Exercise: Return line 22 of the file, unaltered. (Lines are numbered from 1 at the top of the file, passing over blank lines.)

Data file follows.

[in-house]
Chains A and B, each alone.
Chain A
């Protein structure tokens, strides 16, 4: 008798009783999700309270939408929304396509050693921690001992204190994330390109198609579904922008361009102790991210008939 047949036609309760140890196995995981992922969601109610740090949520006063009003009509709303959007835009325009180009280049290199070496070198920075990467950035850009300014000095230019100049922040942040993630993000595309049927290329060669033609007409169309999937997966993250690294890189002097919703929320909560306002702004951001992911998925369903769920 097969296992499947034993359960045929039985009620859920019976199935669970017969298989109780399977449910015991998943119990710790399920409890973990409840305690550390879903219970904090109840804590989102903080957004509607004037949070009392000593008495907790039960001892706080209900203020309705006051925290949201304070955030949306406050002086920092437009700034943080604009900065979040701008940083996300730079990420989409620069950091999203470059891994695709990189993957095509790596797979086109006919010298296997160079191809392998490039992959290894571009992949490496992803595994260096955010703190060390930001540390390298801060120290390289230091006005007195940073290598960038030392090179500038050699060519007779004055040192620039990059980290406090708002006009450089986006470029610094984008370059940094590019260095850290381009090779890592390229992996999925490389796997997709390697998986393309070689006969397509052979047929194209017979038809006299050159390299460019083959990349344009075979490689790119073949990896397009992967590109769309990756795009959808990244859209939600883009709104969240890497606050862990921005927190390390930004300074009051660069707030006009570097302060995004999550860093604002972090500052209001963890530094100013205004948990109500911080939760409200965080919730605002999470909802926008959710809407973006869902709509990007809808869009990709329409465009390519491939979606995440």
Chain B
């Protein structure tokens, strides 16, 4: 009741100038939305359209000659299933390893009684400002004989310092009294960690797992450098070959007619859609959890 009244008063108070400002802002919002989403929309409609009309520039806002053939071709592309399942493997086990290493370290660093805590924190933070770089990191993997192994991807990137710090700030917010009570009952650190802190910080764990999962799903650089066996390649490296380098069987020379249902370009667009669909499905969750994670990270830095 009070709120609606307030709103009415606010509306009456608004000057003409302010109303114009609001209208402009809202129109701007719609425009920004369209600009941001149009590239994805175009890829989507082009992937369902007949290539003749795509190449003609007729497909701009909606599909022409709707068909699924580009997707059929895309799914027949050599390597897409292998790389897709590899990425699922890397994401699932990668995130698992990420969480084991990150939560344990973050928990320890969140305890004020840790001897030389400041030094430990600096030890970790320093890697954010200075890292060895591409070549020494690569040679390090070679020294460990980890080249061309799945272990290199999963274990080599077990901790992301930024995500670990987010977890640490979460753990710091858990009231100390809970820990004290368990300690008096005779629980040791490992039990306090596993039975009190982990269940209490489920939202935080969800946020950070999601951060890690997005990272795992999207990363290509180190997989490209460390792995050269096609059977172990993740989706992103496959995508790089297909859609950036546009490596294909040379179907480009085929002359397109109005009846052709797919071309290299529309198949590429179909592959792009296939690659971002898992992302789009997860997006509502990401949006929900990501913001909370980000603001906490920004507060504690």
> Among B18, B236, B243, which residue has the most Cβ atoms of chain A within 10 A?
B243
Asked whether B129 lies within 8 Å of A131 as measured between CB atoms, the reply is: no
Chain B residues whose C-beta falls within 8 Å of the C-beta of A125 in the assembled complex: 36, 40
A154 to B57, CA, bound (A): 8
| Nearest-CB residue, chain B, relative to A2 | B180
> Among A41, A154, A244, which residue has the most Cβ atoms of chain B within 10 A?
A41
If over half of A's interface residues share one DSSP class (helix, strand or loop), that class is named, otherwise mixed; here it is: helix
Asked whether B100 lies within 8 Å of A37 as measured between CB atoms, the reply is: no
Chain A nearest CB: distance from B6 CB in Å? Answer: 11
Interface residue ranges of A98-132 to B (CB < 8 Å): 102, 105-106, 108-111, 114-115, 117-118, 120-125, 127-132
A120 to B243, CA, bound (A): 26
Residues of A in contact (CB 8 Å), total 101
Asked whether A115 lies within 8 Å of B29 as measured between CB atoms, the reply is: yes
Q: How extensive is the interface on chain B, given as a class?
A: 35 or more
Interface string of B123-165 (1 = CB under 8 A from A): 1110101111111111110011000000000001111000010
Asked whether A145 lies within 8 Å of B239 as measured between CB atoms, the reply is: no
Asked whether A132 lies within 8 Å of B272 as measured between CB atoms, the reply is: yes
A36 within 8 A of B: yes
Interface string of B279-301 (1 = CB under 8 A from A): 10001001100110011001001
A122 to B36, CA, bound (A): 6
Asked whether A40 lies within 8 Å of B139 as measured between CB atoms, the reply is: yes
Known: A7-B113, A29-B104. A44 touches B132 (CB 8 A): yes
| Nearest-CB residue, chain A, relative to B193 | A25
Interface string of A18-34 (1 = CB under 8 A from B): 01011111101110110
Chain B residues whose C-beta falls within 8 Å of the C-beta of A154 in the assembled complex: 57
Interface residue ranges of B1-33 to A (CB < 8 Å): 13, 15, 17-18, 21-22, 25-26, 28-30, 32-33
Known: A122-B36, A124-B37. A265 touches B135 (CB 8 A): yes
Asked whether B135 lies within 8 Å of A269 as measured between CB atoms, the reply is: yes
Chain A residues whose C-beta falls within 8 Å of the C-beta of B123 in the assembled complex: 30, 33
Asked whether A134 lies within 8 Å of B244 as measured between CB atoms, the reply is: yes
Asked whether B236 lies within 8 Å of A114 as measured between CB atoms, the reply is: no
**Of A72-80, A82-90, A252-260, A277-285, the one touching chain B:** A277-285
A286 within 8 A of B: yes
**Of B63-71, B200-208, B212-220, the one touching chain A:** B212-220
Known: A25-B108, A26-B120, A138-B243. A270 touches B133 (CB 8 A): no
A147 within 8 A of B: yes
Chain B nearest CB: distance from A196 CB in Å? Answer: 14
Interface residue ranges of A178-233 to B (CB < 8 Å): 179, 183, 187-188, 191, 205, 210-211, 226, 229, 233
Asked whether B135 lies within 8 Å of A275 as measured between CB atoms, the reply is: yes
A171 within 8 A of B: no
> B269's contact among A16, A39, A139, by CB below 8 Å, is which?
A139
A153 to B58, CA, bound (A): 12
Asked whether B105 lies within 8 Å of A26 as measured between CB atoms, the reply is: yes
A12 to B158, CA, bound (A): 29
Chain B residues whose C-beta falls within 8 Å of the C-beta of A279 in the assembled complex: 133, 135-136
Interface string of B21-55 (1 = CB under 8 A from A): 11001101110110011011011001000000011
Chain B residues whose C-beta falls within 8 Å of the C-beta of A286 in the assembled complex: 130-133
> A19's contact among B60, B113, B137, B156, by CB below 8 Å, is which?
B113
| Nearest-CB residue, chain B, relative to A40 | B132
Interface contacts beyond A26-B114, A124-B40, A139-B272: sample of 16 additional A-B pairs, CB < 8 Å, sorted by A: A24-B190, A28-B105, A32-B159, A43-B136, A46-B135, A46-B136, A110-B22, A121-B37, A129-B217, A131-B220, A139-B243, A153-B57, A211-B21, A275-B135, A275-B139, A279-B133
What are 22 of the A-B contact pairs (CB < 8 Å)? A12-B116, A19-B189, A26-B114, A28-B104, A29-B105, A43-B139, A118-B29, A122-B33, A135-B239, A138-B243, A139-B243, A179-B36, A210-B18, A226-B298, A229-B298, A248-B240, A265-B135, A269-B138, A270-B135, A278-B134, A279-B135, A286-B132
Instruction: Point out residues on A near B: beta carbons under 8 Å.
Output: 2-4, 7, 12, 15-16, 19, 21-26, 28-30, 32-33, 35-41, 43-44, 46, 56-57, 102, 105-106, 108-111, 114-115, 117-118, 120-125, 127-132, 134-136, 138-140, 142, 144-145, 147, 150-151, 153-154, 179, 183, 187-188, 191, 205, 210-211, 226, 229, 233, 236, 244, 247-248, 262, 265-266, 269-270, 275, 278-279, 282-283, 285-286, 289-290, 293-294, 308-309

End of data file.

Q: How extensive is the interface on chain B, given as a class?